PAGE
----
The 2014 Super Bowl, like other large events, creates new markets and opportunities for traffickers, said Assistant Attorney General Tracy Thompson. The football game will be held in MetLife Stadium on Feb. 2.
“The massive crowds essentially allow pimps to go unnoticed,” Thompson said during a human trafficking symposium at State Police headquarters Tuesday.
Acting Attorney General John Hoffman said the conference – which included law enforcement agencies, non-profits and other groups from around the state – was the first step in establishing a strategy and training program aimed at stopping human trafficking ahead of the Super Bowl.
Public awareness is one of the most effective methods at fighting human trafficking, he said, because it is “a crime that operates in the shadows.”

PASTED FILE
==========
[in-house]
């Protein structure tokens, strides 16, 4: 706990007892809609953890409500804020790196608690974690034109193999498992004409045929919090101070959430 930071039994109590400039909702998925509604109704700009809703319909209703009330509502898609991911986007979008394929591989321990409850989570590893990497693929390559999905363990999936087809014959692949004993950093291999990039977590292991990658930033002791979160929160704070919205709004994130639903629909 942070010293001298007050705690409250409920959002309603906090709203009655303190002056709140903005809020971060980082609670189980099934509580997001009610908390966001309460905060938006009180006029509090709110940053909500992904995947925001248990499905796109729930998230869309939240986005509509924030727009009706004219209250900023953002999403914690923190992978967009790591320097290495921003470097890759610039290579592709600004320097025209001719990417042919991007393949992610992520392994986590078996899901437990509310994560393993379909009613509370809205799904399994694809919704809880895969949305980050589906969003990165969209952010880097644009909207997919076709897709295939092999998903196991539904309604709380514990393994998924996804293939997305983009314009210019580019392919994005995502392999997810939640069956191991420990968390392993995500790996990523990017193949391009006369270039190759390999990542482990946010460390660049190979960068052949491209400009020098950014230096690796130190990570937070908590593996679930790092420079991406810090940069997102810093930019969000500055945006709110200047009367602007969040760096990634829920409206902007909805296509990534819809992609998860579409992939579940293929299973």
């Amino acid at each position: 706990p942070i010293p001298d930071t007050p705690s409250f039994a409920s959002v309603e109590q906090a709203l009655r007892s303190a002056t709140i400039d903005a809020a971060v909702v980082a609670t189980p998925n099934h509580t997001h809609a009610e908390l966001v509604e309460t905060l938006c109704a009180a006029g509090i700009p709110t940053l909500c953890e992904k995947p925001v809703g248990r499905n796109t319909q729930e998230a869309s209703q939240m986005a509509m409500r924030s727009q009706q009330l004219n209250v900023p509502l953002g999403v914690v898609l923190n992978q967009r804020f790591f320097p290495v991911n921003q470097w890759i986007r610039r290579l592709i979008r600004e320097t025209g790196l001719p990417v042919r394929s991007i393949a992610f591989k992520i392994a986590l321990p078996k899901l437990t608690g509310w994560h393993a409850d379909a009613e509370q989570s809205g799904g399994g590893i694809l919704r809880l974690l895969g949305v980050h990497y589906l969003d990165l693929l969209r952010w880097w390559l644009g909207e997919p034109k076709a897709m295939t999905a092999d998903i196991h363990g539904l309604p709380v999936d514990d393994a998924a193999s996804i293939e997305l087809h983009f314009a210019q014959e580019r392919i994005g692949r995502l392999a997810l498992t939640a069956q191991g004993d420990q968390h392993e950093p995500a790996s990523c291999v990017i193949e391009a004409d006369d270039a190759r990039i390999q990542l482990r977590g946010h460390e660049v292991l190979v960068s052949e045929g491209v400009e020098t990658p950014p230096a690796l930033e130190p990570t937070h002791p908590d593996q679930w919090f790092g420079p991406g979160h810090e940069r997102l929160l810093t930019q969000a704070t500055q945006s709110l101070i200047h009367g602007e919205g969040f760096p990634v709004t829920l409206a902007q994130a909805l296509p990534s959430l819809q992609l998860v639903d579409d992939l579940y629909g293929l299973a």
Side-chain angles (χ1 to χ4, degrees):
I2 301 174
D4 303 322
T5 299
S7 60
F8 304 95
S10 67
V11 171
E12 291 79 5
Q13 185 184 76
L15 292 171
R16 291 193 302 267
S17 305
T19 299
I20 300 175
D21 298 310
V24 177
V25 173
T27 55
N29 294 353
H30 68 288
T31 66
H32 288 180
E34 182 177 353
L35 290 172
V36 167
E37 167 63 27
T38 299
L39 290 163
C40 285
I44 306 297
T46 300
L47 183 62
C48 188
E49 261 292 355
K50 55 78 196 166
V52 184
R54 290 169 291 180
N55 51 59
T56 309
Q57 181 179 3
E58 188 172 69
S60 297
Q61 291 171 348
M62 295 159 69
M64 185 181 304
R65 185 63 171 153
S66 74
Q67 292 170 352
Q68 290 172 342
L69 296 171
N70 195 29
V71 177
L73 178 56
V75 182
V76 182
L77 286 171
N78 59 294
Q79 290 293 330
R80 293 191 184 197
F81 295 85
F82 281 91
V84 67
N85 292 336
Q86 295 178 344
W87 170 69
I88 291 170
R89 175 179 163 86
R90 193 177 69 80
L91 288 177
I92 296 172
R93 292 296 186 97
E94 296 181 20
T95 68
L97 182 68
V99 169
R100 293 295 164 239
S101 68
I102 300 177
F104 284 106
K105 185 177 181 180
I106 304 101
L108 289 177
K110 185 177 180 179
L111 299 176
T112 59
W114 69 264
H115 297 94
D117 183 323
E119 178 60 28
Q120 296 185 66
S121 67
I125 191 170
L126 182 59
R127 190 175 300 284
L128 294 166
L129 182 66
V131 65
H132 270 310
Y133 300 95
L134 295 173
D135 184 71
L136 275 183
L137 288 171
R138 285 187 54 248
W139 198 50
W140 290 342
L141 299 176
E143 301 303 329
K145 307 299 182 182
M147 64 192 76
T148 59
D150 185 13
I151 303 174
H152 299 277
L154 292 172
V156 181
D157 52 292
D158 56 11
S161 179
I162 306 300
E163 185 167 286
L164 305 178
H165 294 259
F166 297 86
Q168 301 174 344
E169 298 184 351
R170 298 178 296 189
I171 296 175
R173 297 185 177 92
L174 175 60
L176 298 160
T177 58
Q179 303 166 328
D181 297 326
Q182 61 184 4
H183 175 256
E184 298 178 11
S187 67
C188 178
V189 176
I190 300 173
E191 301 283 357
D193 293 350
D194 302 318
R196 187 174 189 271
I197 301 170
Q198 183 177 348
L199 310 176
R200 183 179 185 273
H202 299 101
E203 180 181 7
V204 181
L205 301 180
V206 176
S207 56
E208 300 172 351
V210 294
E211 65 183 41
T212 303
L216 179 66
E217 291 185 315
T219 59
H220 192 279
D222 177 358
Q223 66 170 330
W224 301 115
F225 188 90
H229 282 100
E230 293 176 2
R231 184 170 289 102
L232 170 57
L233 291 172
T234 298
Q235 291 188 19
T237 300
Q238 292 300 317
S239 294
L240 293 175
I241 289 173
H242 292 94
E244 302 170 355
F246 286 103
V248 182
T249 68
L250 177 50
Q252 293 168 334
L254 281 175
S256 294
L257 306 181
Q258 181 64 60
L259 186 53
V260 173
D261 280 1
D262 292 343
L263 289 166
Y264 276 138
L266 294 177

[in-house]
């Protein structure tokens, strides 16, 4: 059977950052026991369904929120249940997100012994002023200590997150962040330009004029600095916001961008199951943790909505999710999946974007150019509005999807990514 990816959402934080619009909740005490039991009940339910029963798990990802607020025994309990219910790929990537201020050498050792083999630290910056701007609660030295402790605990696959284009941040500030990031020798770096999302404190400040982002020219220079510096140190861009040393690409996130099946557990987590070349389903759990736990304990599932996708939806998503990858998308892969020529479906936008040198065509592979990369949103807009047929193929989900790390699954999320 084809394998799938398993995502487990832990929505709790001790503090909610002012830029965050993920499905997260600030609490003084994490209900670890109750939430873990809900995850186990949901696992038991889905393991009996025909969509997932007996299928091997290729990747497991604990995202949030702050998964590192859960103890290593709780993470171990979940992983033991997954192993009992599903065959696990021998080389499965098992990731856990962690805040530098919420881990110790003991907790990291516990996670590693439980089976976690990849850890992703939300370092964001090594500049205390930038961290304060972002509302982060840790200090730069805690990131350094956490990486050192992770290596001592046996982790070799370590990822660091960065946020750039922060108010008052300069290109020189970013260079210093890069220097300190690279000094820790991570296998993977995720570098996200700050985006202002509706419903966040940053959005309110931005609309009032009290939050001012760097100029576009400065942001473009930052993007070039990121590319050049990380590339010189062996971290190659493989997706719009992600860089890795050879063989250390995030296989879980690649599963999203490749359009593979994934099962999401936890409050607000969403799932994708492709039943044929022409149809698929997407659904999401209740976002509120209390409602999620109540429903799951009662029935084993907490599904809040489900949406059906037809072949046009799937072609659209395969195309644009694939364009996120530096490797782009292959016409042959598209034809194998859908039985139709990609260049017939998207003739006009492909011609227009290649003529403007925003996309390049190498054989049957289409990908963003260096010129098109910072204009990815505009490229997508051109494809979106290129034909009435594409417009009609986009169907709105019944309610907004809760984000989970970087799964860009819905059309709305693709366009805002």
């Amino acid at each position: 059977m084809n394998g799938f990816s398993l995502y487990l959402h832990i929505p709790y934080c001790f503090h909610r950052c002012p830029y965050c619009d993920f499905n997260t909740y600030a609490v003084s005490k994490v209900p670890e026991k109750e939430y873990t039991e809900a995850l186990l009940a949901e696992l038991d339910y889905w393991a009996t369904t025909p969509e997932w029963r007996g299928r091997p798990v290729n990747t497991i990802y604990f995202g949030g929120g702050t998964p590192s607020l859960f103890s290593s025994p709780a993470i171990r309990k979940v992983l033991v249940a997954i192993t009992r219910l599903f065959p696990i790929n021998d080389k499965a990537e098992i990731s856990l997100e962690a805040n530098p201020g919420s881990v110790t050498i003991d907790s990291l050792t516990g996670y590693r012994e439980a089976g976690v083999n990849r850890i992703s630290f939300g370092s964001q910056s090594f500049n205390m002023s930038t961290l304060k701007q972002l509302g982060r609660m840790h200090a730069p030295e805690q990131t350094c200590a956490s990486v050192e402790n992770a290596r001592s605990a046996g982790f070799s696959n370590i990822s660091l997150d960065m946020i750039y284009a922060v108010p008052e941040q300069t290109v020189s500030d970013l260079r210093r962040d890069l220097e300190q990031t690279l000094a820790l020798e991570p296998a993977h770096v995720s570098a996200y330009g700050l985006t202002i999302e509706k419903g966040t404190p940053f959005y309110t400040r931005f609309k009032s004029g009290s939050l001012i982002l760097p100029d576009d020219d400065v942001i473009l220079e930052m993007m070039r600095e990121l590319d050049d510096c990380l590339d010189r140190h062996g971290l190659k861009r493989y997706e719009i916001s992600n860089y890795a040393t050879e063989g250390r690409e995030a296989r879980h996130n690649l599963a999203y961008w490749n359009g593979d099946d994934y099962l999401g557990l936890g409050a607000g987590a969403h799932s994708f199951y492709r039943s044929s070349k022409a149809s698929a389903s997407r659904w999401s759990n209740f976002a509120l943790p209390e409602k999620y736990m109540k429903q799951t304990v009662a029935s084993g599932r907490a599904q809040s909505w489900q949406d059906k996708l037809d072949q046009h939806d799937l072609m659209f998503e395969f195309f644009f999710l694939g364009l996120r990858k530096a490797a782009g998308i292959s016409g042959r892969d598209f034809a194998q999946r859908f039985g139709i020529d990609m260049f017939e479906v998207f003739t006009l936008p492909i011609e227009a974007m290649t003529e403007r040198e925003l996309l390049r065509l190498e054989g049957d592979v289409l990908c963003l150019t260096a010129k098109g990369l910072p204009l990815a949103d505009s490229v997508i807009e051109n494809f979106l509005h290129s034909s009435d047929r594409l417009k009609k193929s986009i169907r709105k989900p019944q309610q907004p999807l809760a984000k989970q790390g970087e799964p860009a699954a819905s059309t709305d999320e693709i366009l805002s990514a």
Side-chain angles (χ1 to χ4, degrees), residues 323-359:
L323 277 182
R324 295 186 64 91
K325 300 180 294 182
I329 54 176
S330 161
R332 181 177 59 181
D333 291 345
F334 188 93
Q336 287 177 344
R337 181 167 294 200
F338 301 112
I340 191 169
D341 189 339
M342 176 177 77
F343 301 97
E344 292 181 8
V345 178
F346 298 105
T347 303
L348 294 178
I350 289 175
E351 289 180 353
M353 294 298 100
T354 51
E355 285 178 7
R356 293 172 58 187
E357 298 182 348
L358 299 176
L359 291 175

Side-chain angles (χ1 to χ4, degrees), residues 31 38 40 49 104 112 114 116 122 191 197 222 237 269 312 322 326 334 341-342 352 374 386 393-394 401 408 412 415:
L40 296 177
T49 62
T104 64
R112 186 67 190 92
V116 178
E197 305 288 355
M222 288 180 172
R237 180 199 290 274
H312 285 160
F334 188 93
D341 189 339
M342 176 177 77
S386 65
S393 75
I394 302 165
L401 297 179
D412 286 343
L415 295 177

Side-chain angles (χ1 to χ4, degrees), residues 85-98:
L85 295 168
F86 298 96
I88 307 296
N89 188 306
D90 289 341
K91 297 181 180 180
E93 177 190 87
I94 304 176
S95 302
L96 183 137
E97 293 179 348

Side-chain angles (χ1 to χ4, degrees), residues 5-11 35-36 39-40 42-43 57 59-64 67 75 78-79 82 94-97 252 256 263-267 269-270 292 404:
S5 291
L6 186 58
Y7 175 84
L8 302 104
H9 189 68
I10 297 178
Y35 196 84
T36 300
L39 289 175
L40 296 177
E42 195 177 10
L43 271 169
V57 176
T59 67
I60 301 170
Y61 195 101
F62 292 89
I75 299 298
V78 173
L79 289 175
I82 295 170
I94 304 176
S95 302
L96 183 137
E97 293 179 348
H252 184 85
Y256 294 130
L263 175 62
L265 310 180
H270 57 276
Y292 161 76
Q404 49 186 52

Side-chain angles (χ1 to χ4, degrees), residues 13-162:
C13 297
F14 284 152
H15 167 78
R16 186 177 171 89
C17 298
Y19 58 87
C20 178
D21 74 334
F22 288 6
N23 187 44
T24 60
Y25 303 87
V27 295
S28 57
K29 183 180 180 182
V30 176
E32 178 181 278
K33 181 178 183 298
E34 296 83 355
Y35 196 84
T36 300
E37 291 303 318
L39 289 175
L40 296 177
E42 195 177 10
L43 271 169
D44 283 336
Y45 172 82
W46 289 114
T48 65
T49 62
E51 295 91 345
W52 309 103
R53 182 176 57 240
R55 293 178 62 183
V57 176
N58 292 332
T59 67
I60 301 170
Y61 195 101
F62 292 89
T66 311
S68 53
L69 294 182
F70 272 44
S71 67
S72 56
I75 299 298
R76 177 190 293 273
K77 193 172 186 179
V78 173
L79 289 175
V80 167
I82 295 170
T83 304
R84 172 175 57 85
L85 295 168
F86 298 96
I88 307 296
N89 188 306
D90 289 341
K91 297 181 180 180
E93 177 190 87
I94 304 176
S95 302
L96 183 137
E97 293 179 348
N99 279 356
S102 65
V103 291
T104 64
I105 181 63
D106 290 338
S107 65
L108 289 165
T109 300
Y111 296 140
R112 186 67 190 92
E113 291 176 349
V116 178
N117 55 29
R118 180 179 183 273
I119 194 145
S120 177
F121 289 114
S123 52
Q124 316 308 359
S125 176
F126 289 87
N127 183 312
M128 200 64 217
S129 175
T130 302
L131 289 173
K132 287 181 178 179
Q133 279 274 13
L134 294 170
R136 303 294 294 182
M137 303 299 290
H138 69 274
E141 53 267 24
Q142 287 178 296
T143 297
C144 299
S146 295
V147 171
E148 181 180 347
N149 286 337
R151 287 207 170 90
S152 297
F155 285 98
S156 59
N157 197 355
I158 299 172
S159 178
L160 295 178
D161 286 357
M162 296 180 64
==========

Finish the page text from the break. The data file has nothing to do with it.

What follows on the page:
New Jersey law enforcement agencies reported 179 trafficking victims between Sept. 16, 2005, and March 1, 2012, according to the Attorney General’s Office. Officials say the state is particularly vulnerable to trafficking because of its dense population and large foreign-born population.
Traffickers “prey upon the weak and the defenseless,” Hoffman said, by taking control of a victim’s housing, immigration paperwork or other necessities. They can force their victims into sex work or other labor.
Last month, Governor Christie signed a law toughening penalties for trafficking. It imposes a $25,000 fine for anyone convicted of a crime associated with human trafficking, which can already carry lengthy prison terms.
New Jersey is also looking to states that hosted recent Super Bowls to identify anti-trafficking strategies.
At Tuesday’s symposium, Louisiana State Police Sgt. Chad Gremillion said his department spent a year preparing to fight trafficking ahead of the 2013 Super Bowl in New Orleans. He said police were “proactive,” checking website advertisements to find potential targets.”